African Geomatics

Topographical Surveys

A topographical survey is a survey of the land surface. It includes natural features like the terrain, hills and rivers and manmade features like buildings, roads,etc. A topographical survey is usually the first survey before any development can take place. Planning of roads, railways, buildings is based on topographical maps.

Site Surveys are required where work is proposed, may it be the construction of a building, a road, a radio tower, etc.. Site Surveys are surveys that combine Contour Plans with Detail Surveys, i.e. all details as well as the contour lines are represented on a single drawing.
A contour line joins points of equal elevation (height) above a given level, normally above mean sea level. A Contour Plan is a topographic map on which the shape of the terrain is shown by contour lines, the relative spacing of the lines indicating the relative slope of the surface. The contour interval of a contour plan is the difference in elevation between successive contour lines.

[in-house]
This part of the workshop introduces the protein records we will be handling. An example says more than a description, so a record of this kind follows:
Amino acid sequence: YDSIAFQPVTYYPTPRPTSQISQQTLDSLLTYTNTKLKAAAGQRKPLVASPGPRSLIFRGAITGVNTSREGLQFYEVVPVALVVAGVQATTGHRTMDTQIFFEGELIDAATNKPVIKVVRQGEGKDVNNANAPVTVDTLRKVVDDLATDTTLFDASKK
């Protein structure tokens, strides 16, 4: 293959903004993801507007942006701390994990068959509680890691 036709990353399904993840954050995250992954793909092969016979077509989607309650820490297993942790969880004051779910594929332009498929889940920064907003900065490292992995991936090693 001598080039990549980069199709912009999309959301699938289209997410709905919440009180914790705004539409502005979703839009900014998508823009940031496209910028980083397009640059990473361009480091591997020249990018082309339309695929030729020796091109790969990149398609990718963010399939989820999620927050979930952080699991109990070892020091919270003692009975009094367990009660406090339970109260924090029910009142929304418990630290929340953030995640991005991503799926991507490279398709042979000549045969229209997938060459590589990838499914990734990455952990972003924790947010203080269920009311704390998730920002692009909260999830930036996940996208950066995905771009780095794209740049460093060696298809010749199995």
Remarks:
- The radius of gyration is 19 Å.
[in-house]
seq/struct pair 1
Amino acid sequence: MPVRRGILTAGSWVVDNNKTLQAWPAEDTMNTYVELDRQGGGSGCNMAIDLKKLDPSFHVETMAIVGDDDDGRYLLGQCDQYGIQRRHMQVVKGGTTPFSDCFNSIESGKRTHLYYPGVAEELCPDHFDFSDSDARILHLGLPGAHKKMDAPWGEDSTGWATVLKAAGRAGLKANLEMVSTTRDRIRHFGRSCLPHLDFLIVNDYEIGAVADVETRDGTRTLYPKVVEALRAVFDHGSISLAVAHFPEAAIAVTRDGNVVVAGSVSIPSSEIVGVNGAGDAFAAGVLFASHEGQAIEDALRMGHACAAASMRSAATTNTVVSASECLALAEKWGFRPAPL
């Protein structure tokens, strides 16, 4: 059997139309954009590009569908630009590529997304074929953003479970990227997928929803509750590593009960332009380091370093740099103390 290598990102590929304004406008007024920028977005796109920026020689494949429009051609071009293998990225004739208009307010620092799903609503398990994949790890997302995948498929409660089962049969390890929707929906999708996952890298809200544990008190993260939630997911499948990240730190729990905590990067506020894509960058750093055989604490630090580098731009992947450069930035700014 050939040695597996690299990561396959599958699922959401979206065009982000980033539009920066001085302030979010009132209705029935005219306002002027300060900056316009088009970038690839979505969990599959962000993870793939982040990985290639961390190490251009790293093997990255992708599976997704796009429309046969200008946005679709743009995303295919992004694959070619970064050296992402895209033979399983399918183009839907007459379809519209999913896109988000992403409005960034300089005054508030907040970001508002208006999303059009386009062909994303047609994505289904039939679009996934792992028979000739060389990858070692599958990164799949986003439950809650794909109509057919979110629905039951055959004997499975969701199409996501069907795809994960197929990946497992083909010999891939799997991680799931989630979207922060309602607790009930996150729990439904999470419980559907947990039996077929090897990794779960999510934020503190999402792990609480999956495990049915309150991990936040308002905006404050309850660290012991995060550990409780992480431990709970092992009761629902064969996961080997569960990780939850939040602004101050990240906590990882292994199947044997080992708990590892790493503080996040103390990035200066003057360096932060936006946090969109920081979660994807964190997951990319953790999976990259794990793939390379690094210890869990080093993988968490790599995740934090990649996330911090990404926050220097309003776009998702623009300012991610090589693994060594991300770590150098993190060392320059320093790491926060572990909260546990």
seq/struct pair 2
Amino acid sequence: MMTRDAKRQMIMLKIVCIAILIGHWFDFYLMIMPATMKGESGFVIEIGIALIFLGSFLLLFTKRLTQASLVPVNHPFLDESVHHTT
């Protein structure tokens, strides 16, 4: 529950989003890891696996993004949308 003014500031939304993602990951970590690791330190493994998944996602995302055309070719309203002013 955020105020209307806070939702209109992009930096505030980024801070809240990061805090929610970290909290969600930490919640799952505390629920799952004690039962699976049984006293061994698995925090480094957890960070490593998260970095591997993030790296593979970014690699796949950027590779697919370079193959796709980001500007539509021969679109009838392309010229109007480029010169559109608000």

Detail Surveys are used to determine and locate features (both natural and man-made structures). These features include buildings, walls, manholes, telephoneline, powerlines, pipelines, trees, ant hills etc.. Detail Surveys generally do not include any contours lines, but only the dimensions and location of the features surveyed.
A Digital Terrain Models (DTM) is a 3D computer representation of the bare terrain. Vegetation, buildings and other features are removed digitally, leaving just the underlying terrain. DTMs are used especially in civil engineering, town planning, geodesy & surveying, geophysics, geography and remote sensing.
A Digital Elevation Model (DEM), sometimes also referred to as a Digital Surface Model (DSM) is a 3D computer representation of the earth´s surface and includes all objects on it. Unlike a DTM, vegetation, buildings and other features are not removed. This is helpful in determining the height of buildings, the perimeter and height of trees, etc.
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